While operations for bladder tumour removal and colonoscopy may make instructive Internet viewing, you download videos of cataract removal and hip resurfacing at your peril. 'Not for the squeamish,' you are warned in appropriately blood-red type, even the low-resolution versions.
Thus 25 medics tell it like it is on www.medicdirect.co.uk , a web site they have set up providing health information to the public and guides on healing yourself - from self-examination and a virtual body tour to your medicine chest.
The site is an interesting proposition, providing enough content to be useful and with security in numbers allowing the 25 to be more open, to tell it more like it is. So much better than 25 individual web sites that nobody visits. And if they did, a site would typically be only-good- news about what's on offer, as individual architect's sites are. If medicdirect promises well for the general practice of medicine, why not the same model for the general practice of architecture? Architects getting together to give realistic tastes of architectural services to non-expert clients can only be good for architecture in the long term. In extremis, being a client may not be for the squeamish. If architects don't tell it like it is, tv documentaries will.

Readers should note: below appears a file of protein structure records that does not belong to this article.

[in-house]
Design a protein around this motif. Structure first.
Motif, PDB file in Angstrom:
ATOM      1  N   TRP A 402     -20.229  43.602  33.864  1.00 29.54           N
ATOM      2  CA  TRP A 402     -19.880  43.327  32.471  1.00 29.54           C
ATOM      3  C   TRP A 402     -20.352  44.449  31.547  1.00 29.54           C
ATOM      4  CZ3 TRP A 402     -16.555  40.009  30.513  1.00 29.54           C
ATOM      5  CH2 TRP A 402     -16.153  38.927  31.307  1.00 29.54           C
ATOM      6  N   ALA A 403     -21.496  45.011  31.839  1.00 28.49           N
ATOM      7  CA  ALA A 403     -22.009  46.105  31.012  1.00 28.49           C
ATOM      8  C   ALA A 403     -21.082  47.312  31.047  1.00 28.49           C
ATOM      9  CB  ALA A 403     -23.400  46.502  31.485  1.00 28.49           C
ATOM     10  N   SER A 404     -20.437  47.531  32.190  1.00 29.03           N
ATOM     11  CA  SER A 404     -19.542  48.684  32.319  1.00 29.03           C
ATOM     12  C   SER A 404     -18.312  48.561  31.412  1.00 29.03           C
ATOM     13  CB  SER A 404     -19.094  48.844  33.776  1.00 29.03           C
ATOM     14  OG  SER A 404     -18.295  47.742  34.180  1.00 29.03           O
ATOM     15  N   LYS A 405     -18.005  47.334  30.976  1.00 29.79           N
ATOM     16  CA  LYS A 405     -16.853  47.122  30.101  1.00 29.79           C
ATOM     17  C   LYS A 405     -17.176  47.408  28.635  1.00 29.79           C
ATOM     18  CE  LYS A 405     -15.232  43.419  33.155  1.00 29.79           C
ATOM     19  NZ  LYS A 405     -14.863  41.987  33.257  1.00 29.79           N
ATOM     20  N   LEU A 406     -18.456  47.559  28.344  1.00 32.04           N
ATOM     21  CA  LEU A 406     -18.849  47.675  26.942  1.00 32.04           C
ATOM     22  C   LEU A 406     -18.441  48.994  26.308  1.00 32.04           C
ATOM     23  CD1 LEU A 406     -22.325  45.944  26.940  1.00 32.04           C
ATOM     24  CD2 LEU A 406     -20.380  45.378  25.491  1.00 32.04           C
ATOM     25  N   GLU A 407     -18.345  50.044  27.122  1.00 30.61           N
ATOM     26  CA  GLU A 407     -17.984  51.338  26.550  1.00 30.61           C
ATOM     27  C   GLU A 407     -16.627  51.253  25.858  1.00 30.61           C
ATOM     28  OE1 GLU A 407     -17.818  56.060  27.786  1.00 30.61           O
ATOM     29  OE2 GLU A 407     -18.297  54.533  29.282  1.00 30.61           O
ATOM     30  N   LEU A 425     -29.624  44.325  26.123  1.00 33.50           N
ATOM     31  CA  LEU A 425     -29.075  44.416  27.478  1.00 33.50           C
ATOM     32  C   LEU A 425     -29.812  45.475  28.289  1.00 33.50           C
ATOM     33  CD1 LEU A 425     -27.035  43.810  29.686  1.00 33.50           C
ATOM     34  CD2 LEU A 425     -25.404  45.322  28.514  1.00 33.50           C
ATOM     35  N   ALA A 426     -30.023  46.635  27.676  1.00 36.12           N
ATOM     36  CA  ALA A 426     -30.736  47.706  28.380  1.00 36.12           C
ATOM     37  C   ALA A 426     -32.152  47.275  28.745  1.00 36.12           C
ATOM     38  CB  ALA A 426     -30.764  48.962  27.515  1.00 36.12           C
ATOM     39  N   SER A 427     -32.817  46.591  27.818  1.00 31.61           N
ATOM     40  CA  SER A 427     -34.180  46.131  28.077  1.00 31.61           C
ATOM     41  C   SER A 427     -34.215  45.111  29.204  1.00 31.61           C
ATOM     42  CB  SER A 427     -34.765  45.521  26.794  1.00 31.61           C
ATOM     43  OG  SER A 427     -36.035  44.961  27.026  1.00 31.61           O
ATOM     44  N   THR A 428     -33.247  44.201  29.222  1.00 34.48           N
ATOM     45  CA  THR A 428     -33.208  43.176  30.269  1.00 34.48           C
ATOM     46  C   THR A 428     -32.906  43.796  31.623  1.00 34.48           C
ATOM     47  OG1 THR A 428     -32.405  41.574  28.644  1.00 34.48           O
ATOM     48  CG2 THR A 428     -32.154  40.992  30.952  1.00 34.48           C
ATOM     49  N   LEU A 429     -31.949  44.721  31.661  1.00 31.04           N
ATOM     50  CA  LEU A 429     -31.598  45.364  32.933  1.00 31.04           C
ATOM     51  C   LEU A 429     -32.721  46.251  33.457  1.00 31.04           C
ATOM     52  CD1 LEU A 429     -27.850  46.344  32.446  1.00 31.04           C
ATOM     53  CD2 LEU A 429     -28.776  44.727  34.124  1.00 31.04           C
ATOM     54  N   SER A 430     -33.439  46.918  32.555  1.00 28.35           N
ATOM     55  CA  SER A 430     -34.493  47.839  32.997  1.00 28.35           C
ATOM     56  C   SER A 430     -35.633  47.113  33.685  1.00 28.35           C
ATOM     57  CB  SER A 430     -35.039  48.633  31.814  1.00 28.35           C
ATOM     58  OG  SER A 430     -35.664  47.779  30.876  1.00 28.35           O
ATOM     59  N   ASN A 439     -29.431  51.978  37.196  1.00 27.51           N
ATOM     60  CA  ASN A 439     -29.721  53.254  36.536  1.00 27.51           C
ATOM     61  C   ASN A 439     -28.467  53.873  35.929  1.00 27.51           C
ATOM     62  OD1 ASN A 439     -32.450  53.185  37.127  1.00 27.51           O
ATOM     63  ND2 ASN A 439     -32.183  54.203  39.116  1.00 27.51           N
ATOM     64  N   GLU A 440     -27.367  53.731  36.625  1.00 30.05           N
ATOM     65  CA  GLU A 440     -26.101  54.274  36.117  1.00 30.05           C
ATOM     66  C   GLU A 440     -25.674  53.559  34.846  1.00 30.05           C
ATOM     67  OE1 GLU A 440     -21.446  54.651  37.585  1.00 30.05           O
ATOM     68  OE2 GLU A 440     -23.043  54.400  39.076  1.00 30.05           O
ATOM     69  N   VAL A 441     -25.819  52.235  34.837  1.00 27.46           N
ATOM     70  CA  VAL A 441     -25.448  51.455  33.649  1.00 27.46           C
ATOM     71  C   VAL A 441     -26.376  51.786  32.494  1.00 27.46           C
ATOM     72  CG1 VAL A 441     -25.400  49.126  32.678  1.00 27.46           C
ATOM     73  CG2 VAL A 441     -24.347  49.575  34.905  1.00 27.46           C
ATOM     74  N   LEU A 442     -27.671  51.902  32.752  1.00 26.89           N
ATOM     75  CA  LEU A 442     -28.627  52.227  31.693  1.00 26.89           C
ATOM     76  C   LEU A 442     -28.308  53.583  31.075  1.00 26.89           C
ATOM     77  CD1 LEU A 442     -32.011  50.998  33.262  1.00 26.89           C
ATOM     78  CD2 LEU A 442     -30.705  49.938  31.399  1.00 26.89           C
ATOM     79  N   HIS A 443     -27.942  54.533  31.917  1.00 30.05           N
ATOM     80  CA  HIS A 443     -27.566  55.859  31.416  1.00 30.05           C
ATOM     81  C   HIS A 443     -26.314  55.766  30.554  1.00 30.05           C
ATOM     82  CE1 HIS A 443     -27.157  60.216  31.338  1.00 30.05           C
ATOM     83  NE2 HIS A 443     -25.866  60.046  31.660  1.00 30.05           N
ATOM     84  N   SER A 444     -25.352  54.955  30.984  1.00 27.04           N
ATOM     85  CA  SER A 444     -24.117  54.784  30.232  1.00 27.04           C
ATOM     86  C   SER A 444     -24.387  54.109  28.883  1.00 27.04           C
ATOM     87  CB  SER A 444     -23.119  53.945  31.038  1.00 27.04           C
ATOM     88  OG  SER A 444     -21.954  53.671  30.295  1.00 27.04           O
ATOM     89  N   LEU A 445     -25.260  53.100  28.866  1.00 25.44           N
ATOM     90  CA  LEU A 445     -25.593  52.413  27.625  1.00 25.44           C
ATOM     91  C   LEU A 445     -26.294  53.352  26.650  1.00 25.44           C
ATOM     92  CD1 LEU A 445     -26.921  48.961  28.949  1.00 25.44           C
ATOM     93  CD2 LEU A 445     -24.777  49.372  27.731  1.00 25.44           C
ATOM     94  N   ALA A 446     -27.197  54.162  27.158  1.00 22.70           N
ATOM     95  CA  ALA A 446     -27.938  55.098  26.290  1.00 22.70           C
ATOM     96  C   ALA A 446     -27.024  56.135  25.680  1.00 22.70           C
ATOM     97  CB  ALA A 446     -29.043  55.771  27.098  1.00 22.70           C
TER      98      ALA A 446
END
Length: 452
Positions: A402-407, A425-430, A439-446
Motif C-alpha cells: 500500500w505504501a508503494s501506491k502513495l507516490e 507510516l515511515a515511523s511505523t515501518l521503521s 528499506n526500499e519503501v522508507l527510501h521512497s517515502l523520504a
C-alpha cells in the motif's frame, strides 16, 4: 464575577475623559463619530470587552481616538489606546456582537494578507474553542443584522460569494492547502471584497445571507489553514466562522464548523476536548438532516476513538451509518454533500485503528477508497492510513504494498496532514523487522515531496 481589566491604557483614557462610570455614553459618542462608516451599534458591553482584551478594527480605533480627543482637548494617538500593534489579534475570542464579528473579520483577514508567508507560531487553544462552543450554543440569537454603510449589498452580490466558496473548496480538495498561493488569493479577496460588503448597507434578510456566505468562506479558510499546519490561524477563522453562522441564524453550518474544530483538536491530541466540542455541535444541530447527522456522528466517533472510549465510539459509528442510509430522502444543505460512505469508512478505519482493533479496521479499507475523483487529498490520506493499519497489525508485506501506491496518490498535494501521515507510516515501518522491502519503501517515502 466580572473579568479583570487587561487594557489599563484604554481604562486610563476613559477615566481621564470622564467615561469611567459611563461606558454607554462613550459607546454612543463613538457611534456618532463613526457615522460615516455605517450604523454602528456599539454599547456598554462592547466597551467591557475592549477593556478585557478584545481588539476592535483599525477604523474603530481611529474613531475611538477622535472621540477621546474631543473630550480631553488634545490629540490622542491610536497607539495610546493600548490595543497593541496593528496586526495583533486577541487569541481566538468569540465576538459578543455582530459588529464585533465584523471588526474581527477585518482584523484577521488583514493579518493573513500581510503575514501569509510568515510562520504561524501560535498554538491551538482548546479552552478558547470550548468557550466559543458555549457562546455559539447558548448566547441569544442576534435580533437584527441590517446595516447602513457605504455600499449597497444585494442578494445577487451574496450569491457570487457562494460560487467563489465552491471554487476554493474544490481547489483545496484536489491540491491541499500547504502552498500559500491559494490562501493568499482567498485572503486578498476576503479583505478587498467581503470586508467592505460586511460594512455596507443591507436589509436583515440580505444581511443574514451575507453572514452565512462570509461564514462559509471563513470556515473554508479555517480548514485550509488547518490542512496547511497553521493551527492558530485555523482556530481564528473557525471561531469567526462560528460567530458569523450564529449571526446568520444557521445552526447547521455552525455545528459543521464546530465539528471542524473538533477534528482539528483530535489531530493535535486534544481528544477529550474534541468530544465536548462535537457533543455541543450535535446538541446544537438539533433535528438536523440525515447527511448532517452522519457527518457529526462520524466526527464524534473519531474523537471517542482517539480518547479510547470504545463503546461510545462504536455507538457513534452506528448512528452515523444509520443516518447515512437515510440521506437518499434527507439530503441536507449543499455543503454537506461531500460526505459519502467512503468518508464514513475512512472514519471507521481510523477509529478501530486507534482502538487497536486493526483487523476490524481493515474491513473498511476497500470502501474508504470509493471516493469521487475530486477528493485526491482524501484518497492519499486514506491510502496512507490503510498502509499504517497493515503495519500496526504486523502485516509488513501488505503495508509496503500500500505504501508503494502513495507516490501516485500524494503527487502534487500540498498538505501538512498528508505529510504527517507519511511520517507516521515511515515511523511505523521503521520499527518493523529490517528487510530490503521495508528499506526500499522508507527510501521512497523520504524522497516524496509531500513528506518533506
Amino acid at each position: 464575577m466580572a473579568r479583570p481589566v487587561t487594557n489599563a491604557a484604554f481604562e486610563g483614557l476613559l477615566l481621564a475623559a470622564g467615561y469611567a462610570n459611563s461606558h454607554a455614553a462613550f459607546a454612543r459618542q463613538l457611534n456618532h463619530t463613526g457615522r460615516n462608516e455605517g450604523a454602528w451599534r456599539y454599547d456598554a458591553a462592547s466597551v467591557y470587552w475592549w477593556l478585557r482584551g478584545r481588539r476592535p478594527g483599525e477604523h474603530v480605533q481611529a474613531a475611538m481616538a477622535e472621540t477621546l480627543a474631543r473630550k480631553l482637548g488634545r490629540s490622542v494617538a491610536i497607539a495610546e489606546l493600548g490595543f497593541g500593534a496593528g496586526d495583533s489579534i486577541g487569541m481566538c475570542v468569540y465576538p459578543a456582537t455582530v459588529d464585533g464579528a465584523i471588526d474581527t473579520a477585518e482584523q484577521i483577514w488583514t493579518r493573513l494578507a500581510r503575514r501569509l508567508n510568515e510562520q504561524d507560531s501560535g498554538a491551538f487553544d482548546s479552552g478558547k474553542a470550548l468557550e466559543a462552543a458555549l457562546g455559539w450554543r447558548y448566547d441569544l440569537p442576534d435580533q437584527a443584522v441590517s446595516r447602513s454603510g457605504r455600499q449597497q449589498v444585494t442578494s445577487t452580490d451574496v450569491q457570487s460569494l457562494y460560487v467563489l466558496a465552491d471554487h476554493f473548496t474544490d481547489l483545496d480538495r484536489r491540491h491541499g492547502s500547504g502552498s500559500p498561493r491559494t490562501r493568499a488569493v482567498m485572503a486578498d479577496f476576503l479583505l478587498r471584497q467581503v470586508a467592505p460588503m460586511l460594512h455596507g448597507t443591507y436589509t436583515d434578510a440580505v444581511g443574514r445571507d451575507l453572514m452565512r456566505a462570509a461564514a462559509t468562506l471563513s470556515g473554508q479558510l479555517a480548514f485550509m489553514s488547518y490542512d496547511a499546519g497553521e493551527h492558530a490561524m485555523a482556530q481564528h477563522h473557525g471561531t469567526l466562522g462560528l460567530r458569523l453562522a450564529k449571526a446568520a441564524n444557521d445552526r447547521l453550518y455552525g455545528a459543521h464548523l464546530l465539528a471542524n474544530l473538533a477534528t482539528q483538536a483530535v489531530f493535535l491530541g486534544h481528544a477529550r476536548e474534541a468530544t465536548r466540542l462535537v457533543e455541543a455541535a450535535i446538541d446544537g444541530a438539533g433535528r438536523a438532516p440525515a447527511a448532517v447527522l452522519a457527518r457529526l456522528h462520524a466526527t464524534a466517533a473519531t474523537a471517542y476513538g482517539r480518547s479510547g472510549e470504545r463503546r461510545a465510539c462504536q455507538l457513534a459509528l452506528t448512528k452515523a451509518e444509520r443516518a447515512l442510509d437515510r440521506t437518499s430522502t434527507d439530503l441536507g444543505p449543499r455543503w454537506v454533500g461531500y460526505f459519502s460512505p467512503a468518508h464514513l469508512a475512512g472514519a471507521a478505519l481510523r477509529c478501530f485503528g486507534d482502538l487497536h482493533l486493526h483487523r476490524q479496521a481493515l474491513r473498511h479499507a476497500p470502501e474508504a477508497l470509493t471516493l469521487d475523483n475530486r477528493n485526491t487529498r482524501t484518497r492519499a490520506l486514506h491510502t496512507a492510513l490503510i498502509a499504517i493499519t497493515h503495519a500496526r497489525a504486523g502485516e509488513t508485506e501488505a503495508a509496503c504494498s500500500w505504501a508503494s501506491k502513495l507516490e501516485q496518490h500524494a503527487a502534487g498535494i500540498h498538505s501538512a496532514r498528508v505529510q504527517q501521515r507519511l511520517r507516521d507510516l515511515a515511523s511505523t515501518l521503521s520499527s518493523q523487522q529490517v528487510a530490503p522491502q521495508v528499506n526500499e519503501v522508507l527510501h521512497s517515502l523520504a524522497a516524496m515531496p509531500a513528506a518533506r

Those who remember The Honeywood File, a diary of the daily tribulations of a gp architect, will be able to imagine an entertaining but more client- friendly version for today. Add to this examples of design, the range of possible services and prosaic stuff on contract, permissions, funding, timescales and more.
Such sites could work for designers focused on smaller client communities such as schools and gps themselves. Existing networks of architects might use the model too. Will we see the self-build architects building a self- image on the web or hear the virtual leaves rustling at Acanthus.
Barrie Evans is editor of www.ajplus.co.uk